RAMONA, Calif. — On a tight deadline to move out from a lot at 514 Maple Street in Ramona, residents received a notice on their RV’s saying that all power, water and sewer service will be cut off Aug. 1.
"This stress is just killing some of us. We are having trouble finding places to move to, and we have kids, I got my 17-year-old, I don't want her to be homeless, and that's where we are all going to end up on the first,” said Teresa Chapman, who has been living at the Maple Street lot since October 2020.
Property manager Chris Pozek said he has to get everyone out or else he'll face steep fines for not having the proper RV permits.
"I have to close the operation down per the county, it is not zoned for it, so I have to shut it down. This isn't me, this is the county, they're going to and they sent a letter to start fining me and everything, and obviously, we cannot afford being fined $1,000 a day,” Pozek said.
Pozek said he got emailed authorization from the county to run an RV park there, but a spokesperson from San Diego County says that it did not grant permission, but an RV park permit requires 3 acres minimum while the Ramona land is 2.8 acres.
News8 first featured Pozek's "Patriotic Villages" RV Park as a solution for homelessness back in May, where Pozek planned to build “eco-tainers” and use solar panels.
“I don’t want to throw anybody out as far as I am concerned, but the county is judge, jury and executioner,” Pozek said by phone.
Single mom of three Belinda Hodges said she will probably move into a tiny home with her family next week.
“I don’t want any other family to go through what we’re going through. He says he's an advocate for the homeless, but he's putting like 20-something people out on the streets,” Hodges said.
The residents feel caught in the middle of a permitting dispute.
“There's low income people here, there are seniors, there are disabled, there are veterans, and there are a lot of single moms with little kids down to an 8-month old, we don’t want to end up living in our cars,” said Chapman, who pays about 1,200 a month to rent an RV.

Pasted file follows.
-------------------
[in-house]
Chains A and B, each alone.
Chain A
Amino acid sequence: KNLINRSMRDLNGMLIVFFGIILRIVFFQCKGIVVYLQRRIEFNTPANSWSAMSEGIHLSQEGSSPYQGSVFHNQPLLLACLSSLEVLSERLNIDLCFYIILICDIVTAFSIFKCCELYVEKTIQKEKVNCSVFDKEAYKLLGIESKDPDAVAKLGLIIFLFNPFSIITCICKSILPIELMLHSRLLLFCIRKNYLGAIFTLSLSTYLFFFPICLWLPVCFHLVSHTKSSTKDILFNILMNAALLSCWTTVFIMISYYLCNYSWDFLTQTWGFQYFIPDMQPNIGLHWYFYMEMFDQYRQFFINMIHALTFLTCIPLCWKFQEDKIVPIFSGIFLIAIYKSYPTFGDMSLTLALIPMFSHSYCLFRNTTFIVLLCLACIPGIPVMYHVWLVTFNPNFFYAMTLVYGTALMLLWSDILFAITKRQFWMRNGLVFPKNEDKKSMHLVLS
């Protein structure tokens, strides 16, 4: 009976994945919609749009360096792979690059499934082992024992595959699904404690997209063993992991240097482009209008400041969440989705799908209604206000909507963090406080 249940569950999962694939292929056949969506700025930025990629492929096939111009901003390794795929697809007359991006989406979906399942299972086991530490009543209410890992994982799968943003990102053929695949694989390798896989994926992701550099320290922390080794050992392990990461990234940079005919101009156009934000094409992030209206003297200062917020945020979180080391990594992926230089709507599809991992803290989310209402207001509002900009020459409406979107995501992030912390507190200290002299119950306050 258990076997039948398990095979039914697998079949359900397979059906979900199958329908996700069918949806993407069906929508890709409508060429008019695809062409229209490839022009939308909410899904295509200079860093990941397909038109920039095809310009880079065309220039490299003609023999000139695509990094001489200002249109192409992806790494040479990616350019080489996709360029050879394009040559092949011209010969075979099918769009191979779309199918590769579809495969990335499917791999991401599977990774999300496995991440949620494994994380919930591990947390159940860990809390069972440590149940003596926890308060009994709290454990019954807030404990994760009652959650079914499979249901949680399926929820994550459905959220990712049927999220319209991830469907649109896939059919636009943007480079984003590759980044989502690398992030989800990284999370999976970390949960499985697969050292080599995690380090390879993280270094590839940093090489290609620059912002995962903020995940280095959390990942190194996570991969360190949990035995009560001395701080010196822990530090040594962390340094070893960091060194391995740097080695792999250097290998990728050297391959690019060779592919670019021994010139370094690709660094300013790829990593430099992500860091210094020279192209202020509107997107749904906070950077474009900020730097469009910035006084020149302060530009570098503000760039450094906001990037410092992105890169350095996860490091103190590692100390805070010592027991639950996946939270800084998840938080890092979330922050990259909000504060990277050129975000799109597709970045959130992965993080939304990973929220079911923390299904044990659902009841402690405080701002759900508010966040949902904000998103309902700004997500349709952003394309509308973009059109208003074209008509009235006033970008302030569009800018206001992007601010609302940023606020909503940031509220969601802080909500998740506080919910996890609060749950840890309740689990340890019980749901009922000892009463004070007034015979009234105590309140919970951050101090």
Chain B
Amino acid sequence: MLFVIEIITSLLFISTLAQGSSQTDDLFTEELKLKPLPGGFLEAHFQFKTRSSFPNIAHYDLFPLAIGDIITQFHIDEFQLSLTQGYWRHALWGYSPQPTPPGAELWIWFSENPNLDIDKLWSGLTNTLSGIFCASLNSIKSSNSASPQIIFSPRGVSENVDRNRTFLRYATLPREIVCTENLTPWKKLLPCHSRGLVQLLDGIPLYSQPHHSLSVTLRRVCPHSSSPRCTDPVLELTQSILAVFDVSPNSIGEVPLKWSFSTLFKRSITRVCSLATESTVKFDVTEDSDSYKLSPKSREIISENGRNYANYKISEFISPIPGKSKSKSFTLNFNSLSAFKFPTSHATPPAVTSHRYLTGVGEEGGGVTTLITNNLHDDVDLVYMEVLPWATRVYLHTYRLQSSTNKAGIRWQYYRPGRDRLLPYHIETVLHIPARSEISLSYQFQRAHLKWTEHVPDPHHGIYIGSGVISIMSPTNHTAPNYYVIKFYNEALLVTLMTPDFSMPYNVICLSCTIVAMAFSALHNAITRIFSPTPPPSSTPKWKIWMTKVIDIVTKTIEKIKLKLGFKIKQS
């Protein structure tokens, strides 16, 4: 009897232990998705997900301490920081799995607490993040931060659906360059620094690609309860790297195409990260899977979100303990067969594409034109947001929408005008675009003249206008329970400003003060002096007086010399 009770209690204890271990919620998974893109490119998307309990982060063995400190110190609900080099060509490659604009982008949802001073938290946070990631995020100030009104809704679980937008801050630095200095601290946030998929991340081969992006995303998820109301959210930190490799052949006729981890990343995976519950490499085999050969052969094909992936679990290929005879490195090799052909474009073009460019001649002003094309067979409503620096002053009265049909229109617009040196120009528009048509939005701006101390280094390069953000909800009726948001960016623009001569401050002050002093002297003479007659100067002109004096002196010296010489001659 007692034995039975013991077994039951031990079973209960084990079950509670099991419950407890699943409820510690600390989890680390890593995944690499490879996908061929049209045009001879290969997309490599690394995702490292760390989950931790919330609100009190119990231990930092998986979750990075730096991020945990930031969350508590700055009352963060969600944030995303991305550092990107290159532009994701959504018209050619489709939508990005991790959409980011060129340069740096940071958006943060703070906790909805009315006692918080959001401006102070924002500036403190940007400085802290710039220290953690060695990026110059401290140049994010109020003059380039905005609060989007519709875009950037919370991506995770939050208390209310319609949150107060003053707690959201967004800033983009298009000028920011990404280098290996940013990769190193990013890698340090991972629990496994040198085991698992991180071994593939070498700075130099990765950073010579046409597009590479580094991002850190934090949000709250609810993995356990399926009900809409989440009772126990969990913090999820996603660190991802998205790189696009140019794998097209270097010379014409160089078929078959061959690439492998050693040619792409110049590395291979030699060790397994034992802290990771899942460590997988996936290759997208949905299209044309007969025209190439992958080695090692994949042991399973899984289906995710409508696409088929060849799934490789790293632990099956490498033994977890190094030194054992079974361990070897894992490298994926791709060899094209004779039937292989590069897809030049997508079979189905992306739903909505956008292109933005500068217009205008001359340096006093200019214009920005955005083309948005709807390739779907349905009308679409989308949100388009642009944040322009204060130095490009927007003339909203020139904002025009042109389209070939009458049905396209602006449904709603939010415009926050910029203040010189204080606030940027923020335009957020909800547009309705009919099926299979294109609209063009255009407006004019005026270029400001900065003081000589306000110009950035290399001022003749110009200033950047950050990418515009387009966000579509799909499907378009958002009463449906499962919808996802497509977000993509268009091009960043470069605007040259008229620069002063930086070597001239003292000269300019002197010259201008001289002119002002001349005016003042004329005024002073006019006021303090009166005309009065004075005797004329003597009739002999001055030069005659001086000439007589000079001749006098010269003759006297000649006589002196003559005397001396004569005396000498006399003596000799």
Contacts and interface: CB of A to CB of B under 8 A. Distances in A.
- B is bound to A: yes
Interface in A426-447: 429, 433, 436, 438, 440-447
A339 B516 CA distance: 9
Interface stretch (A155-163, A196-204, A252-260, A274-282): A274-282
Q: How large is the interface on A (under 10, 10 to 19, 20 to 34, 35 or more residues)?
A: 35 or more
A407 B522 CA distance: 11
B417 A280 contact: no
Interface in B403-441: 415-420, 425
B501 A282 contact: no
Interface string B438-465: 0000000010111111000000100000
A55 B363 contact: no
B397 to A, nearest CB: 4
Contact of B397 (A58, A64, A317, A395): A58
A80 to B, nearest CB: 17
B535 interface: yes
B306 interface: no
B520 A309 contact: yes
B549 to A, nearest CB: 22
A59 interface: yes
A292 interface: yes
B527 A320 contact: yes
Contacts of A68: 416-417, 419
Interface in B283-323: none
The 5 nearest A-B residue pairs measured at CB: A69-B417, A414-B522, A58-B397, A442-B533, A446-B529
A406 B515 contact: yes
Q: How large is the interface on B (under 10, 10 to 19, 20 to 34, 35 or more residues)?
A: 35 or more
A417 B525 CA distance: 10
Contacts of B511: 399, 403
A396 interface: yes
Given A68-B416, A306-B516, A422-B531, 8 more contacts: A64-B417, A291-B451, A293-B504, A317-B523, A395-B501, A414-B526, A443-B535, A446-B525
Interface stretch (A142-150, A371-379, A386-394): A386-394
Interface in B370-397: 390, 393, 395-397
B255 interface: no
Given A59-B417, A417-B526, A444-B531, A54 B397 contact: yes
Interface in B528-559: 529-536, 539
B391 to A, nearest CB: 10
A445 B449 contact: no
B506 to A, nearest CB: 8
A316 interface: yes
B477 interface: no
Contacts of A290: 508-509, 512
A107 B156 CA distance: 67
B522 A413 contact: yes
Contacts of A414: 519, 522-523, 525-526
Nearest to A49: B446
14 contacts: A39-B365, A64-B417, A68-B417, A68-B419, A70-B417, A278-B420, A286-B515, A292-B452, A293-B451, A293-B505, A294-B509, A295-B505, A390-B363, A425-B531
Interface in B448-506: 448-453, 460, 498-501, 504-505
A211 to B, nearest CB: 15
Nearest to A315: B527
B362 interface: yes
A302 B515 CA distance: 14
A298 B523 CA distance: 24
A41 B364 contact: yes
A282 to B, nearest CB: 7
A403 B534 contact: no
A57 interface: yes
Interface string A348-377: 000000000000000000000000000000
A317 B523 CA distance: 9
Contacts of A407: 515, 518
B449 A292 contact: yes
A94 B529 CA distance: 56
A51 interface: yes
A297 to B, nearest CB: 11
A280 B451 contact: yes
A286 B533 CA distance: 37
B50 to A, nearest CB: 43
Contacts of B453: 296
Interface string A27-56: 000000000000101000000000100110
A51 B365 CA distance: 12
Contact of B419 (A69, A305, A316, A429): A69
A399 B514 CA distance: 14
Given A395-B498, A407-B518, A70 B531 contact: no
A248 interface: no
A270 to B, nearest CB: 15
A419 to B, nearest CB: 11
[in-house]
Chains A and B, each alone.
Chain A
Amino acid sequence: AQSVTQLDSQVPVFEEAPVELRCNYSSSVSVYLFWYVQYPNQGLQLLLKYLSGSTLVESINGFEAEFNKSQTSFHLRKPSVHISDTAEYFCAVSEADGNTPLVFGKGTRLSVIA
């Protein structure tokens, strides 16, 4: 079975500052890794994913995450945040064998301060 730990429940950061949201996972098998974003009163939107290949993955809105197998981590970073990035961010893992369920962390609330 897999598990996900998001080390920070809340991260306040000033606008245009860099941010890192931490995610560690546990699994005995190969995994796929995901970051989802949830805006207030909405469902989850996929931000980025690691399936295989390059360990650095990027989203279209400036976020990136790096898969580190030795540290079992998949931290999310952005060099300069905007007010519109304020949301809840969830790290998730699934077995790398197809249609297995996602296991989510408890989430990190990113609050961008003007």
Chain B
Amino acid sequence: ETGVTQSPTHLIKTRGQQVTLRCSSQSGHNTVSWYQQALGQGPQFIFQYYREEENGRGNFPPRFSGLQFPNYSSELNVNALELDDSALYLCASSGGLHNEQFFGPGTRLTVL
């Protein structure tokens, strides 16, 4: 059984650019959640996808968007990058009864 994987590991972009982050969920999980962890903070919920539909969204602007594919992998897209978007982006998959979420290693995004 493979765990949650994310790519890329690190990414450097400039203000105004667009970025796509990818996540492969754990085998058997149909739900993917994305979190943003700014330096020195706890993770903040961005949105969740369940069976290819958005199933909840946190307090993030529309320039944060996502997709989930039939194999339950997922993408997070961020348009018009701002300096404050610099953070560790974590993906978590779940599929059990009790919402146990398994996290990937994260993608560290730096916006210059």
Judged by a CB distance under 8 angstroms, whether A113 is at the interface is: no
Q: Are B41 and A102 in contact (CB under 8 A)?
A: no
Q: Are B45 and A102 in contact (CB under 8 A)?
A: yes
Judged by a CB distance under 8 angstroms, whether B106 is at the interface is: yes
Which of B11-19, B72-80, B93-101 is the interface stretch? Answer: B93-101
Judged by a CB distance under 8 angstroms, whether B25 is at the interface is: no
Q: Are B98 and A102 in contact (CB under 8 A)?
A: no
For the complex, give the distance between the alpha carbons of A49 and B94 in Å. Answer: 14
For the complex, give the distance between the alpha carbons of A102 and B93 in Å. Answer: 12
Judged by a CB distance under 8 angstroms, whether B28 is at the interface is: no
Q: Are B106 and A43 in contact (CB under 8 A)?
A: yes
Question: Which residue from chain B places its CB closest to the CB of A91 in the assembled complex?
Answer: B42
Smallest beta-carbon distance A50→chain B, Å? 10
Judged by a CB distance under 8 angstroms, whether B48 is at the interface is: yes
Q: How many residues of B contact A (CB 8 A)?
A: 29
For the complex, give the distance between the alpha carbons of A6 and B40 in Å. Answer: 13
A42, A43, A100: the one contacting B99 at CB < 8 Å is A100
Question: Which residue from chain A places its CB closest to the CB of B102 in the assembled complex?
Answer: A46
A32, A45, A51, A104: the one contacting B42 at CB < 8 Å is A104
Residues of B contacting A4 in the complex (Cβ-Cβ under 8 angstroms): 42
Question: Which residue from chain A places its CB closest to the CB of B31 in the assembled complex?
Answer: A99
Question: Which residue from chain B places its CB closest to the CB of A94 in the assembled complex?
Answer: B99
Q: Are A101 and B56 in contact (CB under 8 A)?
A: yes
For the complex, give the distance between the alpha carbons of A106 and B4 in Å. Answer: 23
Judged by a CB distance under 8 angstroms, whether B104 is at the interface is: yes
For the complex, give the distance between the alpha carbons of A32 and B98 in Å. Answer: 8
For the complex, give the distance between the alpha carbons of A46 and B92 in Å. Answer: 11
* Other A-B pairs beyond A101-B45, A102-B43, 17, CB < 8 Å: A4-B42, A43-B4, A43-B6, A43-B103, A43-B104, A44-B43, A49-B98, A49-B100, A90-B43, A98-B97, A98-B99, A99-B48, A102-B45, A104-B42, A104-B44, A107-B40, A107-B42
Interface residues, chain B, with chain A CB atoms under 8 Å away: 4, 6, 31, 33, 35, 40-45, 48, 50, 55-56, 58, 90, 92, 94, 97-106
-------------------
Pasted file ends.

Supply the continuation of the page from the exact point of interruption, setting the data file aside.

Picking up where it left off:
Tenants living in the 24 RV's in Ramona say it is the cheapest place you can live in San Diego.
Chloe McCrea, 12, said her mother has to work two jobs to barely make ends meet.
“She comes home every day tired and exhausted from work, and every night she comes home crying. We’re in a tough situation, and I hope and hope, please God help us,” McCrea said.
McCrea’s mother, Jamie Lindenmeyer, has been paying $1,350 to live in a travel trailer with low water pressure.
“I am going to be homeless at this point, I’m being forced to stay with a friend. I can find nowhere else in San Diego to stay on my own. I am a single mom of three kids," Lindenmeyer said.
Other children living there say the rushed two-week notice greatly impacts them.
“I am stressed, and I'm worried I have gotten more depressed, and I had to up my meds because of it. I wish we didn’t have to move because we used to live at a trailer park that had drug addicts and rapists, and I was sexually assaulted there,” said 17-year-old Amber Chapman.
The County of San Diego Land Use & Environment group communications officer Donna Durckel released this statement in part:
This property is leased to Mr. Pozek who has been operating an unpermitted RV Park at the location. County staff received a complaint on May 12 regarding an unpermitted RV park and opened a Code Compliance case. After visiting the site, staff issued a stop-work order and compliance notice on May 27 notifying him that he needed permits for electrical work he was completing and for the RV park. Those that live here have also complained about issues with water and electric service. Our goal is to protect the health and safety of the residents.
Mr. Pozek contacted the County in September 2020 to inquire what would be required to secure the permits to establish a legal RV Park that ensures the health and safety of occupants. The County responded with the permit requirements at that time. We had no further follow up from Mr. Pozek until we received complaints in May 2021. The County has not set any deadlines for tenants to move out nor directed such. Mr. Pozek e-mailed us on July 15 that he would not be applying for permits and would shut down on August 1.
Code compliance staff have also engaged the County’s Health & Human Services Agency (HHSA) to help residents identify resources that may be available to them. We are currently working with Mr. Pozek to get approval for HHSA to visit the property next week.
Residents put together a Facebook Page called "Maple Residents" to discuss any possible resources.
WATCH RELATED: Wanting to solve homelessness, Ramona man is building “Patriotic Villages”